Friday, October 11, 2013

Sweet Orange Dropping some Sweet Botnet action

I recently saw a very thorough blog on a new flavor of the Sweet Orange Exploit Kit and thought I might throw in some additional research I found. So let's start with what we know!

There are several hacked Wordpress and Joomla sites that are clearly continuing without being picked up by those administering the sites. One such example is seen in the screen shot below:

The first line is a hidden iframe taking you to Sweet Orange EK.
I've seen numerous other sites listed as referralurls for this malicious activity based on a search of transactions carried out on the IP listed in the same class C as mentioned in prior research (

The idea here is that the attackers take control of a legitimate site, redirect the user to their EK via a hidden iFrame, assess their Java version, and strike accordingly.  All of this is highly reproducible in the lab.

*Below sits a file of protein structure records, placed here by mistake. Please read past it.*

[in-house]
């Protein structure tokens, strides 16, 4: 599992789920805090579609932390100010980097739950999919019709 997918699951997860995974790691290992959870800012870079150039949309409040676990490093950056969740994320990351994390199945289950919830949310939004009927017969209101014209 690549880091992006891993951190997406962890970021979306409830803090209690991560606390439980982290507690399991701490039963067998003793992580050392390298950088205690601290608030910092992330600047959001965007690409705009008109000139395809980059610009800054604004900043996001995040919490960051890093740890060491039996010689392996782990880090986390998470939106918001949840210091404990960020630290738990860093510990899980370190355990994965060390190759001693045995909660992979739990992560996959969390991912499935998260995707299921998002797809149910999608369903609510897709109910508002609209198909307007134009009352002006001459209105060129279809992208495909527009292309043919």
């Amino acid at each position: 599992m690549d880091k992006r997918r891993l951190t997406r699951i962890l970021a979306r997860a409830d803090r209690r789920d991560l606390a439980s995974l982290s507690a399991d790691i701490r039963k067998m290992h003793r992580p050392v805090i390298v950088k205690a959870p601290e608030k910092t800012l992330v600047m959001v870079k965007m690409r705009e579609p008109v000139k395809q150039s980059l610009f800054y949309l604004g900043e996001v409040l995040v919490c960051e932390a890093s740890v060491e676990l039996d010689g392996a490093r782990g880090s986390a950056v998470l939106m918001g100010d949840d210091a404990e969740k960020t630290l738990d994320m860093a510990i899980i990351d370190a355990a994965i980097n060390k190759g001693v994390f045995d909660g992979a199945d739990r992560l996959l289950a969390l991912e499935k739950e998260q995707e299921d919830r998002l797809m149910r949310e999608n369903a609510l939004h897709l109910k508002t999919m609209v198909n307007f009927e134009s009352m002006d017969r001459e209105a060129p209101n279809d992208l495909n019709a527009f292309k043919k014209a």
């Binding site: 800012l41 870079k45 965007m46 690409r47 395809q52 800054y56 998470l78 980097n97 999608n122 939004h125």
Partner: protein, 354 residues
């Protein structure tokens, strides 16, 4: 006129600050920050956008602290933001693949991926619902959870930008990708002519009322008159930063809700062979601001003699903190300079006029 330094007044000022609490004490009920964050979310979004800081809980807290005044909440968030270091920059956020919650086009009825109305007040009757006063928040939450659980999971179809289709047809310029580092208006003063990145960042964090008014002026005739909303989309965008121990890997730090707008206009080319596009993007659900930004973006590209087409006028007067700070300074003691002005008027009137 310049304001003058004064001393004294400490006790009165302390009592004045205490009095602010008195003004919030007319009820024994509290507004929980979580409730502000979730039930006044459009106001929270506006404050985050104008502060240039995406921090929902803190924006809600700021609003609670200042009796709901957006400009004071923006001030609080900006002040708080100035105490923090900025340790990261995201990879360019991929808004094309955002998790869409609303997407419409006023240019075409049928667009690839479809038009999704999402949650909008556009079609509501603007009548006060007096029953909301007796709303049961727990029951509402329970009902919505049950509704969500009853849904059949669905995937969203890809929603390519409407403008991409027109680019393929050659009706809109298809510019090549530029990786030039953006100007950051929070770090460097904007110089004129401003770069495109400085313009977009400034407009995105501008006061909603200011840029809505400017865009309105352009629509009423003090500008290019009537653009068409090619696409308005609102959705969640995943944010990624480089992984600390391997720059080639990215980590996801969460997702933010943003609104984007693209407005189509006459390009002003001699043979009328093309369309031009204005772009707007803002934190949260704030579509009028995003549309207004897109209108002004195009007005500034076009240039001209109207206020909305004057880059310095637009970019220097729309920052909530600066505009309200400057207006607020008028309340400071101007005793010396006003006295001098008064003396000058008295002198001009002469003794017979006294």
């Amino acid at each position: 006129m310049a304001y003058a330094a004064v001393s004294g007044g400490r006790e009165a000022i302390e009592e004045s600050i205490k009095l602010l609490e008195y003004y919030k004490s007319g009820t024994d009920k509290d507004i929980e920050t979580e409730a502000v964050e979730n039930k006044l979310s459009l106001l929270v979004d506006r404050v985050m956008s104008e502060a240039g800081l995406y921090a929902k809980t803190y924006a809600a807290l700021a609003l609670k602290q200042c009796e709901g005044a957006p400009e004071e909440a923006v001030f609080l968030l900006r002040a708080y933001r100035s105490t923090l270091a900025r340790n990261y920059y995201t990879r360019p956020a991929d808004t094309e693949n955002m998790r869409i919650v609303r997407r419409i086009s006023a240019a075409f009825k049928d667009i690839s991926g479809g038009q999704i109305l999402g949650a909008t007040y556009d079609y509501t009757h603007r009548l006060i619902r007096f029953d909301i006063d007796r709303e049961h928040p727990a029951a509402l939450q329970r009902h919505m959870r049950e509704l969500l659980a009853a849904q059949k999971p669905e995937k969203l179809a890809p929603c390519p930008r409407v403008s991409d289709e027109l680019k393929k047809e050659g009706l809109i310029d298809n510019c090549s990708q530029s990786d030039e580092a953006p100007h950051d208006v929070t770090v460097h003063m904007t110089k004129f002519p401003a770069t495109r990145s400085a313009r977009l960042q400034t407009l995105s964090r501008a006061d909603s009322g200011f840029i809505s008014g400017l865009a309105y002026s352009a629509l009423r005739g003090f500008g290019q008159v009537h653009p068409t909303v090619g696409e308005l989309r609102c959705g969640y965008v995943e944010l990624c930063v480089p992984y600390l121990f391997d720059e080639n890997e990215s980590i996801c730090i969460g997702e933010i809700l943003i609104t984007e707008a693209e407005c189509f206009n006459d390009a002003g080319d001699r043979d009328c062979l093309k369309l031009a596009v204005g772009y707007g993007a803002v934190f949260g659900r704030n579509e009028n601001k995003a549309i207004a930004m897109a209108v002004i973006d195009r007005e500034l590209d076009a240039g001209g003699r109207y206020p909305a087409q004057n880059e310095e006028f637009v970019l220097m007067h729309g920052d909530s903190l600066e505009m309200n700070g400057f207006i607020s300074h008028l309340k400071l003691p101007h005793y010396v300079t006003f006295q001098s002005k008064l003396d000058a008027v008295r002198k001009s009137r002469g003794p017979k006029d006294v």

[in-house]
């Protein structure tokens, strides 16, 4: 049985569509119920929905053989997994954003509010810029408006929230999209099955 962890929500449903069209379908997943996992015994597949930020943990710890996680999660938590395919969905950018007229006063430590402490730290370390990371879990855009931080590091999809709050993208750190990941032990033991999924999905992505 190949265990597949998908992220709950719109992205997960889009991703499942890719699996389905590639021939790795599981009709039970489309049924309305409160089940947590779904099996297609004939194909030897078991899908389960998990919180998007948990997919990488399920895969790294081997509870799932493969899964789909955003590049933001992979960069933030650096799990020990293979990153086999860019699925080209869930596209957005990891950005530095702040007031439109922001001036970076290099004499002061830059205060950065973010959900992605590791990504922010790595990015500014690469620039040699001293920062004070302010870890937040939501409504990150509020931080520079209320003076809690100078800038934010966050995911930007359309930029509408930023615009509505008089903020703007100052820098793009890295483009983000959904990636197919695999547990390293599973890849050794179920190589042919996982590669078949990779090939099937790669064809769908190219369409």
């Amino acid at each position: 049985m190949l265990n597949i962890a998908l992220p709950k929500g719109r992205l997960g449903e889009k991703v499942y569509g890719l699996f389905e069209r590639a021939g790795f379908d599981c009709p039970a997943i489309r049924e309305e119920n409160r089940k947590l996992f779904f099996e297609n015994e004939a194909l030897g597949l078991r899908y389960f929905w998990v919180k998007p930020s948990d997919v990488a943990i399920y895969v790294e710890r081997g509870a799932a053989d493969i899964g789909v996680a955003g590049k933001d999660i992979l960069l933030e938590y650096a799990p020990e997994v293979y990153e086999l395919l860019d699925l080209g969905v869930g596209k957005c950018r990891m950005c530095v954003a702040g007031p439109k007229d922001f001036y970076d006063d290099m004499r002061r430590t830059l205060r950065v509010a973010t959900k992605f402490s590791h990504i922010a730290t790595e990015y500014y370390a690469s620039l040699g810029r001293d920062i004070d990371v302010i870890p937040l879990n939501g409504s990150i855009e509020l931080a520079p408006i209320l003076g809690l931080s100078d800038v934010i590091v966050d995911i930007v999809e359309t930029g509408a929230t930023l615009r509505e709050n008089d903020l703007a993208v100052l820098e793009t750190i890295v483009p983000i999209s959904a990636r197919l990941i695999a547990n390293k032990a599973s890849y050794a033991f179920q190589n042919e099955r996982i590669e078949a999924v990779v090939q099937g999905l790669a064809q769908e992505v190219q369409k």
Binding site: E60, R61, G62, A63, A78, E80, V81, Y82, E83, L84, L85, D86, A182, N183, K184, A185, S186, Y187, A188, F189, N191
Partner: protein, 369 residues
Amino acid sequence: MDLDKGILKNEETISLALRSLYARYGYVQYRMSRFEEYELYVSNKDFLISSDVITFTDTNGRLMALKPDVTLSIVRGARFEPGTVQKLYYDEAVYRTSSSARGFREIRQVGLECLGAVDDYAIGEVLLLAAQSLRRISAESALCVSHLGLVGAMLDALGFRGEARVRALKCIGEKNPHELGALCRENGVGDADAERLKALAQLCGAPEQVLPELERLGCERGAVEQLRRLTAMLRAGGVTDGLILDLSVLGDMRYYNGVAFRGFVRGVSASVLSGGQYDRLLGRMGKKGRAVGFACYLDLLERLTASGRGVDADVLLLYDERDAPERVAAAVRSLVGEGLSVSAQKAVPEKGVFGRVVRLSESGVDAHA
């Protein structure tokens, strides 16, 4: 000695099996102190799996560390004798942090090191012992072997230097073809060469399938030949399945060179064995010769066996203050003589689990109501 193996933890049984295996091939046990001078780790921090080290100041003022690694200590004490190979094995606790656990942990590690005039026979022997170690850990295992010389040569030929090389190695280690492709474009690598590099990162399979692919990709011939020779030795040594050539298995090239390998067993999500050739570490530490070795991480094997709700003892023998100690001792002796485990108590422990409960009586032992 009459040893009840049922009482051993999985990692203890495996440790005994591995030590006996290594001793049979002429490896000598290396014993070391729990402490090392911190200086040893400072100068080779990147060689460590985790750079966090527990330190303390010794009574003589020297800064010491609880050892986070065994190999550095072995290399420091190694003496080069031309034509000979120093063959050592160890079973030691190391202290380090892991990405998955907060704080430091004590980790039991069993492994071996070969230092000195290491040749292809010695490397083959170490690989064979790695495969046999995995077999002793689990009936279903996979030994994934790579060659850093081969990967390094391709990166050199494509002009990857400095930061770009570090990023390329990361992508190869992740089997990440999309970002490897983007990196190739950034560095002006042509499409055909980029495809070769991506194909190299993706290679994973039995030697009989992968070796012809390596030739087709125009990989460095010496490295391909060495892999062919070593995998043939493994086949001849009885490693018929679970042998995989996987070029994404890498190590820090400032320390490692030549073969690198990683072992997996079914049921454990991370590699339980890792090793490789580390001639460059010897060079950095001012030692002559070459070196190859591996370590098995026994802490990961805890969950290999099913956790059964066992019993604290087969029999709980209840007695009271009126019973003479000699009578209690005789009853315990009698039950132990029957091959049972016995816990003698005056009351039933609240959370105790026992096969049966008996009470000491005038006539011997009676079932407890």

The malicious iFrame leads to your very own Sweet Orange EK!

I won't go into too much detail about the actual .jar file inspection since it was done so thoroughly here.  I will say that it is checking for a Java version 1.7 or greater and that it is manipulating the system via CVE-2013-2460.  The end result is a dropped executable on the victim's machine.  This executable displays botnet activity by doing regularly scheduled POSTs back to a single IP in all instances ran.

I did some Behavioral Analysis on the executable dropped this way and found that it is contacting an IP (

POST activity made
All URLs queried by a sample
Victims of this attack can be expected to contact this same address every 9 minutes based on historical data of this threat in action in our lab.  It is able to achieve this by creating a file with administrative writes in the All Users directory in Windows.

The file name is randomly generated.
9 Minute intervals of phone home transactions
I hope this helps administrators or other researchers, who actively monitor for botnet activity related to this threat.

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